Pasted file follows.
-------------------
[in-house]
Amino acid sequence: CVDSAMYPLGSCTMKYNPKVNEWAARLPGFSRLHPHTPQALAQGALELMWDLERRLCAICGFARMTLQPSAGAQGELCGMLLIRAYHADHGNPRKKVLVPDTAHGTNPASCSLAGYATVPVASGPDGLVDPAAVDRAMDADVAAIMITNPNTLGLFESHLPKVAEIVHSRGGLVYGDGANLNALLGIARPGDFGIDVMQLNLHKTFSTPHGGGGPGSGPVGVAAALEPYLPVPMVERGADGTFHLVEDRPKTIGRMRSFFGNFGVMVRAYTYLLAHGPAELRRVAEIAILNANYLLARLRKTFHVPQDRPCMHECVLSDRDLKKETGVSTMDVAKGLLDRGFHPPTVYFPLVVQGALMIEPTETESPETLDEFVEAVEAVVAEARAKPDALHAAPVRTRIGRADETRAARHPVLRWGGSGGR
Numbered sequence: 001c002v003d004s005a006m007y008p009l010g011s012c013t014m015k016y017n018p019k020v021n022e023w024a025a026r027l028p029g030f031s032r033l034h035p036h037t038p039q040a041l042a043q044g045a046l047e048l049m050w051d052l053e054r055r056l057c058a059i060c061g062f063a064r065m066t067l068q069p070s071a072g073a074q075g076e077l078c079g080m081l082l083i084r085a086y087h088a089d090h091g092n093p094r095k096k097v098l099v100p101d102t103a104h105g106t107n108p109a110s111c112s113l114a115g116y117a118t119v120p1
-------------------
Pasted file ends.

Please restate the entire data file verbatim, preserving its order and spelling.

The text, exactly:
[in-house]
Amino acid sequence: CVDSAMYPLGSCTMKYNPKVNEWAARLPGFSRLHPHTPQALAQGALELMWDLERRLCAICGFARMTLQPSAGAQGELCGMLLIRAYHADHGNPRKKVLVPDTAHGTNPASCSLAGYATVPVASGPDGLVDPAAVDRAMDADVAAIMITNPNTLGLFESHLPKVAEIVHSRGGLVYGDGANLNALLGIARPGDFGIDVMQLNLHKTFSTPHGGGGPGSGPVGVAAALEPYLPVPMVERGADGTFHLVEDRPKTIGRMRSFFGNFGVMVRAYTYLLAHGPAELRRVAEIAILNANYLLARLRKTFHVPQDRPCMHECVLSDRDLKKETGVSTMDVAKGLLDRGFHPPTVYFPLVVQGALMIEPTETESPETLDEFVEAVEAVVAEARAKPDALHAAPVRTRIGRADETRAARHPVLRWGGSGGR
Numbered sequence: 001c002v003d004s005a006m007y008p009l010g011s012c013t014m015k016y017n018p019k020v021n022e023w024a025a026r027l028p029g030f031s032r033l034h035p036h037t038p039q040a041l042a043q044g045a046l047e048l049m050w051d052l053e054r055r056l057c058a059i060c061g062f063a064r065m066t067l068q069p070s071a072g073a074q075g076e077l078c079g080m081l082l083i084r085a086y087h088a089d090h091g092n093p094r095k096k097v098l099v100p101d102t103a104h105g106t107n108p109a110s111c112s113l114a115g116y117a118t119v120p1